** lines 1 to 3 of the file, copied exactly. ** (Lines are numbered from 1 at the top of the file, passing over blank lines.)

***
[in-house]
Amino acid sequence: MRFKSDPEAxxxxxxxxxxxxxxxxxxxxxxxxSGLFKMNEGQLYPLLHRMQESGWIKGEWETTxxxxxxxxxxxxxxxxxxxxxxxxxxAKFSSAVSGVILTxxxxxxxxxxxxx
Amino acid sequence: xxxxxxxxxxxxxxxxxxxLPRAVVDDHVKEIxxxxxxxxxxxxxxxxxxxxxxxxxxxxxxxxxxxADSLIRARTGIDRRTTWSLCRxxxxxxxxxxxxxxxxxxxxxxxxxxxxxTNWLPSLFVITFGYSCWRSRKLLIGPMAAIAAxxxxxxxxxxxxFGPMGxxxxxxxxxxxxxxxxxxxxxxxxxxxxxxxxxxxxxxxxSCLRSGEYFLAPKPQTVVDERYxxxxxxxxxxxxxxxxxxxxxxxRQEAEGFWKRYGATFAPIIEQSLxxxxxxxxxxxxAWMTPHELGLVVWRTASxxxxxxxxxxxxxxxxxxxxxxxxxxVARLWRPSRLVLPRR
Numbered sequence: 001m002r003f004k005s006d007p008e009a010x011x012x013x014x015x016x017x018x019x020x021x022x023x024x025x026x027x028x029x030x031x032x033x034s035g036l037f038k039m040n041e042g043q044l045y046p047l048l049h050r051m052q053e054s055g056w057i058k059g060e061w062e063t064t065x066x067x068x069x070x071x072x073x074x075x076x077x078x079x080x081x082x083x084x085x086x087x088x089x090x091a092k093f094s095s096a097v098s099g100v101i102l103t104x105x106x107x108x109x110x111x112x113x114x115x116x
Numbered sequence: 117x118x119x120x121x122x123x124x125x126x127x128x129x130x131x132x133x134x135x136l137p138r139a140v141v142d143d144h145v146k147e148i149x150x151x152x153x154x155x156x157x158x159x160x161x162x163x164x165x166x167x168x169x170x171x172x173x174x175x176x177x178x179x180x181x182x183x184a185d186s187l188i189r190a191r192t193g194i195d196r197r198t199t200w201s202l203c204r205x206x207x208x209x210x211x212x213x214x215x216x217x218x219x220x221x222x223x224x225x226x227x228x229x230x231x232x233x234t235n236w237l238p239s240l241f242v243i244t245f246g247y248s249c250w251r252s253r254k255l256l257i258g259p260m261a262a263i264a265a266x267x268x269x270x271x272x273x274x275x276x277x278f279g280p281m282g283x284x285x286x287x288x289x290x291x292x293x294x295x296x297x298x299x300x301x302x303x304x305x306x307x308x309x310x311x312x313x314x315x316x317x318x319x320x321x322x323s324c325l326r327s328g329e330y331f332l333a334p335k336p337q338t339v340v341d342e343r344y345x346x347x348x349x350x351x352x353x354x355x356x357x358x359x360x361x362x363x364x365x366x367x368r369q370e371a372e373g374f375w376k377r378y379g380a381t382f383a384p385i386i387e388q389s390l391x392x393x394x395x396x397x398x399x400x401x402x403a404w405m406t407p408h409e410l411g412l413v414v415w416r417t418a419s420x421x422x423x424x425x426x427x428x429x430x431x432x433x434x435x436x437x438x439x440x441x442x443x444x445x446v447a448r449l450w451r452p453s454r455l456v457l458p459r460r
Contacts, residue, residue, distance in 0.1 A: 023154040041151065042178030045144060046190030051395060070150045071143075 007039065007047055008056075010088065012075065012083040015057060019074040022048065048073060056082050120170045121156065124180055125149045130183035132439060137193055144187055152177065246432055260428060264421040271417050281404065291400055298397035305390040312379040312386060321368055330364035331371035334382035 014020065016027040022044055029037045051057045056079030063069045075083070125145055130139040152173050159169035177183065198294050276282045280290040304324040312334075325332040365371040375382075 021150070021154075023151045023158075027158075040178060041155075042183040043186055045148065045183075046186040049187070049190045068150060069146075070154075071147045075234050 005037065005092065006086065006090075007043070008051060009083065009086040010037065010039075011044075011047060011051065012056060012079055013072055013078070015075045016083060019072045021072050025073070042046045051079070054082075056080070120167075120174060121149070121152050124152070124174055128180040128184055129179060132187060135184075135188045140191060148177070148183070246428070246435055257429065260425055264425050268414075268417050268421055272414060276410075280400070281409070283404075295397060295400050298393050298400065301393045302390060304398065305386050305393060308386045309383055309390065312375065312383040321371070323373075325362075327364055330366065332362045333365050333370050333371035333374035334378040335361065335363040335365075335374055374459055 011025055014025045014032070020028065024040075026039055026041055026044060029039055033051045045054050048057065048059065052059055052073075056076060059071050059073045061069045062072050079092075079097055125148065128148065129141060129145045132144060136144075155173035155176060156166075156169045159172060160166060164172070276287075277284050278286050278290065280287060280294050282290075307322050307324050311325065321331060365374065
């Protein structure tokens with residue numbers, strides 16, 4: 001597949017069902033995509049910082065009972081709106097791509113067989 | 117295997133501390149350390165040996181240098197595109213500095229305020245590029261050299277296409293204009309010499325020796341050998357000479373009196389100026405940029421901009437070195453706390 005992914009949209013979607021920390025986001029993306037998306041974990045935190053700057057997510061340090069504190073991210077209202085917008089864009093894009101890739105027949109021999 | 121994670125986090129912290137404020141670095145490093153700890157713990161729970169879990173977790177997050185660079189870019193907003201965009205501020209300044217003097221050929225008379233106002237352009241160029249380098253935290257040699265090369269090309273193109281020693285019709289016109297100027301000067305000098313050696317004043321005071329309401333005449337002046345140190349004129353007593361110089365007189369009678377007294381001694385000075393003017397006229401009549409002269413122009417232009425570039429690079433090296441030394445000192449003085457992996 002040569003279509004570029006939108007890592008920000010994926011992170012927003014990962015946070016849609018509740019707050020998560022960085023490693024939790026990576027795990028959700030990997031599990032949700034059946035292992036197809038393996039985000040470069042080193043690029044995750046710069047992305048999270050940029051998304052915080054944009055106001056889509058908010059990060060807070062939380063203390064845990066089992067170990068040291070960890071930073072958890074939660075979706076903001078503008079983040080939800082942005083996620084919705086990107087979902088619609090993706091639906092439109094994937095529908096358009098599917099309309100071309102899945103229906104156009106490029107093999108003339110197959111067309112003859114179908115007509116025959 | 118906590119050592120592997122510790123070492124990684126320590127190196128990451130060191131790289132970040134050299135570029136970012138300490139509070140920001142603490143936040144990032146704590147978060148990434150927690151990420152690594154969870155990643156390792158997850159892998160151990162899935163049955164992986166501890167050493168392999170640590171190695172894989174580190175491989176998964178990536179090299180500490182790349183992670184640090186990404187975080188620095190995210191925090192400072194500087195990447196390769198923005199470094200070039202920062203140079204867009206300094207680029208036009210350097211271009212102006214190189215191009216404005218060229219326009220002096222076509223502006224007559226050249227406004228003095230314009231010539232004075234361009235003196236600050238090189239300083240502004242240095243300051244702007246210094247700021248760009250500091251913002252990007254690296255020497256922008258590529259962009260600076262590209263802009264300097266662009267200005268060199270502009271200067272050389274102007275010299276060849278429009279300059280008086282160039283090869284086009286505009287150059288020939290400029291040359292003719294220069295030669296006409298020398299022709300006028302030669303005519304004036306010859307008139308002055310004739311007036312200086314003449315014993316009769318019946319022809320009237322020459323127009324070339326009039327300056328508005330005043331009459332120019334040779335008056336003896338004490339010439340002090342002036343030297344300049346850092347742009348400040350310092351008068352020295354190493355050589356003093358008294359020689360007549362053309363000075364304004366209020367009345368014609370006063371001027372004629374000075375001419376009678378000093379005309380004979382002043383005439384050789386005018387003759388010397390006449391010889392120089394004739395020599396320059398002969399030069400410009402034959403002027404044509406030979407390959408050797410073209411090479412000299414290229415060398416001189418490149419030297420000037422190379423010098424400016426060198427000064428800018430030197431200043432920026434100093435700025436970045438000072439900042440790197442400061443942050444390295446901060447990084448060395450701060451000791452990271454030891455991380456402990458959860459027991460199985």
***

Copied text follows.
[in-house]
Amino acid sequence: MRFKSDPEAxxxxxxxxxxxxxxxxxxxxxxxxSGLFKMNEGQLYPLLHRMQESGWIKGEWETTxxxxxxxxxxxxxxxxxxxxxxxxxxAKFSSAVSGVILTxxxxxxxxxxxxx
Amino acid sequence: xxxxxxxxxxxxxxxxxxxLPRAVVDDHVKEIxxxxxxxxxxxxxxxxxxxxxxxxxxxxxxxxxxxADSLIRARTGIDRRTTWSLCRxxxxxxxxxxxxxxxxxxxxxxxxxxxxxTNWLPSLFVITFGYSCWRSRKLLIGPMAAIAAxxxxxxxxxxxxFGPMGxxxxxxxxxxxxxxxxxxxxxxxxxxxxxxxxxxxxxxxxSCLRSGEYFLAPKPQTVVDERYxxxxxxxxxxxxxxxxxxxxxxxRQEAEGFWKRYGATFAPIIEQSLxxxxxxxxxxxxAWMTPHELGLVVWRTASxxxxxxxxxxxxxxxxxxxxxxxxxxVARLWRPSRLVLPRR